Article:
“Our investors have articulated that what will transform the potential of Halozyme is success in pancreas cancer,” CEO Helen Torley told the San Diego Business Journal in March.

“Our investors have articulated that what will transform the potential of Halozyme is success in pancreas cancer,” CEO Helen Torley told the San Diego Business Journal in March. Photo by Jamie Scott Lytle.

San Diego’s Halozyme is headed for an inflection point.

In the second half of the year, analysts expect key clinical trial data to be released on Halozyme’s pegph20 in metastatic pancreas cancer. The therapeutic candidate is in a late-stage trial, or known as phase 3.

“Our investors have articulated that what will transform the potential of Halozyme is success in pancreas cancer,” CEO Helen Torley told the San Diego Business Journal in March.

In 2017, Halozyme reported positive phase 2 results in pancreas cancer. But along the way pegph20 has hit bumps, including a U.S. Food and Drug Administration clinical hold in 2014 that was lifted after several weeks.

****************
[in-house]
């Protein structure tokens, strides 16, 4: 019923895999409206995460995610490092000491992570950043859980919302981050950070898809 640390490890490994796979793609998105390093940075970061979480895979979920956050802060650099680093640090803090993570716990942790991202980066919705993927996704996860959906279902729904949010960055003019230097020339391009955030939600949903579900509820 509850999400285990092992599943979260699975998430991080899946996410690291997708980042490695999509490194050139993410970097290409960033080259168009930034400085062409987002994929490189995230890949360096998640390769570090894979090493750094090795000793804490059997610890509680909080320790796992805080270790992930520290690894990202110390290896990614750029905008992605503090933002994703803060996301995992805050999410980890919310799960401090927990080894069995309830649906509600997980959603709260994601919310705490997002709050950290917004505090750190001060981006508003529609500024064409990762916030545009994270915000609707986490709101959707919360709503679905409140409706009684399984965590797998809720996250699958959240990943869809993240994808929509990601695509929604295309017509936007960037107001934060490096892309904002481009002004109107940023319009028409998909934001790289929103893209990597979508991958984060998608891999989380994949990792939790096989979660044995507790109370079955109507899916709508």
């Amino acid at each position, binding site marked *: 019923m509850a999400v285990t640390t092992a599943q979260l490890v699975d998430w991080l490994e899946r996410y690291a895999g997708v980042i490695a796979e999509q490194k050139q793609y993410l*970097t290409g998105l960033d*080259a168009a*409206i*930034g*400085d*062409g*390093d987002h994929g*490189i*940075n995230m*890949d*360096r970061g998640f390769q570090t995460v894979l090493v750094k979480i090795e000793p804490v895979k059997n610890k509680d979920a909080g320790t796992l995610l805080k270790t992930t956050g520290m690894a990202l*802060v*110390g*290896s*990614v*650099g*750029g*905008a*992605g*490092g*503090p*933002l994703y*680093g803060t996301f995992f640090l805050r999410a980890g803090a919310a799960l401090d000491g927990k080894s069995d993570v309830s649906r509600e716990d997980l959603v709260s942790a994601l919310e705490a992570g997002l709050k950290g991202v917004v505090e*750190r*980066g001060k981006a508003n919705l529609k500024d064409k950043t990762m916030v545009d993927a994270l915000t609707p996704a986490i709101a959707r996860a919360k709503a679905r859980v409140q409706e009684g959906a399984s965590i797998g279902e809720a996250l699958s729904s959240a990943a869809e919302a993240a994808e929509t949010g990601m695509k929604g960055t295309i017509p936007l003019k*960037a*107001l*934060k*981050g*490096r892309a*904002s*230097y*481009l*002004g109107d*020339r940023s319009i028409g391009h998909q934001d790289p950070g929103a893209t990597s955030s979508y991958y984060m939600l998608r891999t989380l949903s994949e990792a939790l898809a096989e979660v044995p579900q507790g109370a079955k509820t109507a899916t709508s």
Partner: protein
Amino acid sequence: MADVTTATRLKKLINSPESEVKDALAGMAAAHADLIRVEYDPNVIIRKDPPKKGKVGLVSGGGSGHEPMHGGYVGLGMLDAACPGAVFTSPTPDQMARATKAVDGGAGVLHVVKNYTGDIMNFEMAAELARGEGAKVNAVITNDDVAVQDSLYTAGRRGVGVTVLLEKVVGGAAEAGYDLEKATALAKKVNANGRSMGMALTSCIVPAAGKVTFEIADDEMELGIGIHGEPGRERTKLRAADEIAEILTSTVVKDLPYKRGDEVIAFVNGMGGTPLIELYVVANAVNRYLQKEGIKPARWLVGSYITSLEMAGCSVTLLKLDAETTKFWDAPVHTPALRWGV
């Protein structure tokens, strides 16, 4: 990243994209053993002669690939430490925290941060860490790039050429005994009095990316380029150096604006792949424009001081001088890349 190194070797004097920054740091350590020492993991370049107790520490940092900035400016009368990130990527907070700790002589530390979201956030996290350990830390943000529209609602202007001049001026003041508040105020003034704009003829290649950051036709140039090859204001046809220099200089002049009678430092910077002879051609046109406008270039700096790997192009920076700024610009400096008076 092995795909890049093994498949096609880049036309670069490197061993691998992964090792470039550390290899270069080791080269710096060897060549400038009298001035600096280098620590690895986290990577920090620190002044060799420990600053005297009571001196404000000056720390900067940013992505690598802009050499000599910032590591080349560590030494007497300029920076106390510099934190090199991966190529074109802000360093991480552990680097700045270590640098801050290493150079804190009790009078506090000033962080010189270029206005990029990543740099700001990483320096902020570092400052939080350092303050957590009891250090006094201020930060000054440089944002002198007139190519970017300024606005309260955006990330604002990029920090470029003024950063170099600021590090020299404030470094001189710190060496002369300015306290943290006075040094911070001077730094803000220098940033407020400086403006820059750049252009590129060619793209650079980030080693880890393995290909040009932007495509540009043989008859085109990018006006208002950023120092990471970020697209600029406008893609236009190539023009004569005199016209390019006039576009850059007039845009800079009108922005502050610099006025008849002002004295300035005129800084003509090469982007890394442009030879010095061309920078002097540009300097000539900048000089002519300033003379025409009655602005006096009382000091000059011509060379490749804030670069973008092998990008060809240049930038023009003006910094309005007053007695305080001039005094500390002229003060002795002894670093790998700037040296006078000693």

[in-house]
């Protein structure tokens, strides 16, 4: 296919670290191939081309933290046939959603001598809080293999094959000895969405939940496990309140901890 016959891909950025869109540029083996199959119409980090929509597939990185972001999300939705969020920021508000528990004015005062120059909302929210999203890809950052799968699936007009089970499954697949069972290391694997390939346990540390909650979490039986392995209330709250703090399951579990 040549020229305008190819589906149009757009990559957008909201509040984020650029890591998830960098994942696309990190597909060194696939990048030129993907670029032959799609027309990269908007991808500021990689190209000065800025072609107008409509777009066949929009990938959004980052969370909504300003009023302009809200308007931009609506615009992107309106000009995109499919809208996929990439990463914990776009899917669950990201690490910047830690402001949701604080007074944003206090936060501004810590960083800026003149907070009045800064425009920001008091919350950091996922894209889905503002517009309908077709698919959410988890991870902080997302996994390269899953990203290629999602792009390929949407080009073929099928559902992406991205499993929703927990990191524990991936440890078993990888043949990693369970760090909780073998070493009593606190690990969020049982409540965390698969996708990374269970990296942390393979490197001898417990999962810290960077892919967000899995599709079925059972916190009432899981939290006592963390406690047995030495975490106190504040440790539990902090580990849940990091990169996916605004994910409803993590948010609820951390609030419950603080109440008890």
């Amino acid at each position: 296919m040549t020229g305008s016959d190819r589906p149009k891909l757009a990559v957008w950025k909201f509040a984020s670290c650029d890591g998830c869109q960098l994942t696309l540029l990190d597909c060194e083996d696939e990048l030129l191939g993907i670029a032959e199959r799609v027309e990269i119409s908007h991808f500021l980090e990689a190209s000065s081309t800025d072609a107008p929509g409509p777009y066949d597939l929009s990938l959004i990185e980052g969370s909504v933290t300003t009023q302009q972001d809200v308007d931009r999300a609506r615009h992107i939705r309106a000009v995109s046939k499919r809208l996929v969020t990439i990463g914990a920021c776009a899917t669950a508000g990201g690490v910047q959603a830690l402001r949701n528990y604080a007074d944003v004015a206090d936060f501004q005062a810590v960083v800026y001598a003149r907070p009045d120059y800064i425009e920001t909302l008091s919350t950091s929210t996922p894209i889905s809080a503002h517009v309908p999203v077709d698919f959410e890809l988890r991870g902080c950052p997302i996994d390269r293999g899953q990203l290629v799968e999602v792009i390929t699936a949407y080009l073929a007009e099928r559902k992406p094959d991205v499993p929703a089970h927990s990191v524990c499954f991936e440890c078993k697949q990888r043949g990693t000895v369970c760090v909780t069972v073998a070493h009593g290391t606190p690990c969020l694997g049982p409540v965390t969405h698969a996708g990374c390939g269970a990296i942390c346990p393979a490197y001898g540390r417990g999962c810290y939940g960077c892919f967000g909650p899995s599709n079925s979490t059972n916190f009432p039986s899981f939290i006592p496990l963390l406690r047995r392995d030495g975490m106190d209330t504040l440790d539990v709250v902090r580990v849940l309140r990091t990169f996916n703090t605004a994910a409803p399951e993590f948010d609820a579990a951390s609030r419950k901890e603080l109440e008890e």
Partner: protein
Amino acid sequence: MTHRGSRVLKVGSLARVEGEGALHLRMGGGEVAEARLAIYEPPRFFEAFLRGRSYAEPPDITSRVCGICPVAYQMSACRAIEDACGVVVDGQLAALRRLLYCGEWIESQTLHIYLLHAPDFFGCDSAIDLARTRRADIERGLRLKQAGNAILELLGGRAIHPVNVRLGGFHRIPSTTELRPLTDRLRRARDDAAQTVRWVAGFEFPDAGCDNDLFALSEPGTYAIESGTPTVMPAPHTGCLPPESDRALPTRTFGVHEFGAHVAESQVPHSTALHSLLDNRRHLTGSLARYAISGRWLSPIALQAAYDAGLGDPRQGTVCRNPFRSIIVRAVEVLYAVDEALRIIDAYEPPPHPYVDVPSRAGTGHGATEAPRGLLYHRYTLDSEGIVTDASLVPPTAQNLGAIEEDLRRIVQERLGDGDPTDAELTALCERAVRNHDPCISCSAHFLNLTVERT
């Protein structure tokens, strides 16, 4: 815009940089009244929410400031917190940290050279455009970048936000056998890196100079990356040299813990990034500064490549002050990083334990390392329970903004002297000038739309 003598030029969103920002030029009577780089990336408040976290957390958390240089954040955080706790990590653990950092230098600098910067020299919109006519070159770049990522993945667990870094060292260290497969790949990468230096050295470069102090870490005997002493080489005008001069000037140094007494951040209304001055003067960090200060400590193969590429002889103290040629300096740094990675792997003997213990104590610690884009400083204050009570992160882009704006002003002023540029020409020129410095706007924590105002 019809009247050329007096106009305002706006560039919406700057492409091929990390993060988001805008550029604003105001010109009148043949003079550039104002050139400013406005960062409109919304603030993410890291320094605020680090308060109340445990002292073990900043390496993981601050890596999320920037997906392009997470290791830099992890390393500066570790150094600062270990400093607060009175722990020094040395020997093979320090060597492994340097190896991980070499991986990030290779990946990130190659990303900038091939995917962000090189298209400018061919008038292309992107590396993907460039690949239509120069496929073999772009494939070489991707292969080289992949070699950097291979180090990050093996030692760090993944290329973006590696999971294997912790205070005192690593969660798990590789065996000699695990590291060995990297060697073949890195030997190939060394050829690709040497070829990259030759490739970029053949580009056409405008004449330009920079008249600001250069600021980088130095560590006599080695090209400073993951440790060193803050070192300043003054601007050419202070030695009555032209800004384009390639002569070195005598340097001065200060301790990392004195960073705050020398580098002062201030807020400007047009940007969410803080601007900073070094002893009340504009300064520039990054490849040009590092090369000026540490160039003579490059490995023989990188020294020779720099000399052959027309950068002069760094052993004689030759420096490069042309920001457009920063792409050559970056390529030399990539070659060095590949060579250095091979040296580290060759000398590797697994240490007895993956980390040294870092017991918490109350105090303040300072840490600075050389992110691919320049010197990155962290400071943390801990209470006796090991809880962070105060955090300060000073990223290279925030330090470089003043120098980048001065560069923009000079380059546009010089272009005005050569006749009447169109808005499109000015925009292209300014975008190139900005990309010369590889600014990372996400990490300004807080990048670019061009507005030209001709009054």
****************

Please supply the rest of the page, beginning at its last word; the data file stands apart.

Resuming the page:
That was after the company found no conclusive cause for blood clot events that caused the hold, and a restarted study excluded patients at higher risk of the health issue.

In the event of disappointing phase 3 results, Halozyme has a backstop, analysts say. The company’s increasingly popular enhanze platform delivers drugs under the skin, intended to do away with lengthy infusions.

With pharmaceuticals such as Roche licensing the technology, Halozyme forecasts nearly $1 billion in enhanze royalty revenue by 2027.

As of this fall, Halozyme had 270 employees.